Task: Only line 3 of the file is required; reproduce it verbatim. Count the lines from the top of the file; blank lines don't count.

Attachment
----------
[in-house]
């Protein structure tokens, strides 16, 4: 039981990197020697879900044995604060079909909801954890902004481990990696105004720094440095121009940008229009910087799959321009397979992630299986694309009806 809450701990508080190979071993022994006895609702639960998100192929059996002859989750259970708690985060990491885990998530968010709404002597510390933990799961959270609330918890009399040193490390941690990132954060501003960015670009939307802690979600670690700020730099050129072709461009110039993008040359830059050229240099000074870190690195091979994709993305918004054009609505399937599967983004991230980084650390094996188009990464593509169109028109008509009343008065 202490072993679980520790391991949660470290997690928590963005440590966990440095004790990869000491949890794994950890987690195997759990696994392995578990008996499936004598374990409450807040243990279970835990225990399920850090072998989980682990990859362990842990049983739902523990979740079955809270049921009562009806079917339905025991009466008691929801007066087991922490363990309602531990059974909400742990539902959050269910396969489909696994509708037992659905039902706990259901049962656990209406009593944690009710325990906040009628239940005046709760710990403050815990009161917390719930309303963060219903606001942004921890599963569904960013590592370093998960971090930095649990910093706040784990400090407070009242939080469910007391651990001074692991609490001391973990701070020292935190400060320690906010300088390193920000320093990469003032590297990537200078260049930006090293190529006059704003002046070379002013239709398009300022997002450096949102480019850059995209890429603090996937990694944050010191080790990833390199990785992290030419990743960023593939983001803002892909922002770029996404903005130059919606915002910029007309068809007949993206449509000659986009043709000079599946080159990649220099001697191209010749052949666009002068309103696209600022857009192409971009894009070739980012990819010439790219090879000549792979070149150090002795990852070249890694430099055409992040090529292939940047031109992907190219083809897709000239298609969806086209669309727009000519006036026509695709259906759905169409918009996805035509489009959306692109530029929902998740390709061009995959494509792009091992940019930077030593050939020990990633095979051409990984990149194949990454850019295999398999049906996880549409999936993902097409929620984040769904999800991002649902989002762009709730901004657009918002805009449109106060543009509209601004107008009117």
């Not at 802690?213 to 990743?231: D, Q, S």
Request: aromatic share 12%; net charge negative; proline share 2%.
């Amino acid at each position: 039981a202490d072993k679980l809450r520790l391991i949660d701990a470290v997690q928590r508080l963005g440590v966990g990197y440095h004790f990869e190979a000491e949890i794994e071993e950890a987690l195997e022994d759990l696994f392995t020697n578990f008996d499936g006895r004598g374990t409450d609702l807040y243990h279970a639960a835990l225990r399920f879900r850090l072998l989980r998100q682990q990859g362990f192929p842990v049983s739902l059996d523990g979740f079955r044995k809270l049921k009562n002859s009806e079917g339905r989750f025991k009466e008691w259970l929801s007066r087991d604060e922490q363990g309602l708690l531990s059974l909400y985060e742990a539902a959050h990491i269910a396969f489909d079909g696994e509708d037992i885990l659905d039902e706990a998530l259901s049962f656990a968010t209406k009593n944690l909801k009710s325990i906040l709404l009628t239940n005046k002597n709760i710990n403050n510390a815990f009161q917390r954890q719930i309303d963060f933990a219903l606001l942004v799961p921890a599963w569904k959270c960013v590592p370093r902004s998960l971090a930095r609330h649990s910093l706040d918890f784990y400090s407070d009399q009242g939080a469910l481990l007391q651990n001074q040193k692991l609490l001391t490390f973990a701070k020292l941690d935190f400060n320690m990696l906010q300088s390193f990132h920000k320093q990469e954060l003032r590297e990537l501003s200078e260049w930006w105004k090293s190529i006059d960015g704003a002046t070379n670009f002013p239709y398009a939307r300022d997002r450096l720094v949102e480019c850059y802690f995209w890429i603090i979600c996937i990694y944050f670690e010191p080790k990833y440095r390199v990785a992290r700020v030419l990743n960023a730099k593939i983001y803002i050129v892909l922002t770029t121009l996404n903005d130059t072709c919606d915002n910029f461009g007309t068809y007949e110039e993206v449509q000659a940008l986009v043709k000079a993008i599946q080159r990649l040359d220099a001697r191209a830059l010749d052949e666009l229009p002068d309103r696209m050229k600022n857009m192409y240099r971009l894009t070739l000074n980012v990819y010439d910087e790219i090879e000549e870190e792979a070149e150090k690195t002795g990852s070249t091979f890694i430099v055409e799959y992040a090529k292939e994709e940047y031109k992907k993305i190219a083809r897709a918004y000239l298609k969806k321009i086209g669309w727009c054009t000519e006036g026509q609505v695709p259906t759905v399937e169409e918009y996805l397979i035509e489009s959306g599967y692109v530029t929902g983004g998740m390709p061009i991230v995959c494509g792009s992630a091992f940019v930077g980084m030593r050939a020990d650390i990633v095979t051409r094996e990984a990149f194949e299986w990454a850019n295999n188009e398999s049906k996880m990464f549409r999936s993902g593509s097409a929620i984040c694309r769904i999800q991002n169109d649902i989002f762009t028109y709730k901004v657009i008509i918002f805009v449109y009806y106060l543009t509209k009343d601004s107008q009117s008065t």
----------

């Not at 802690?213 to 990743?231: D, Q, S």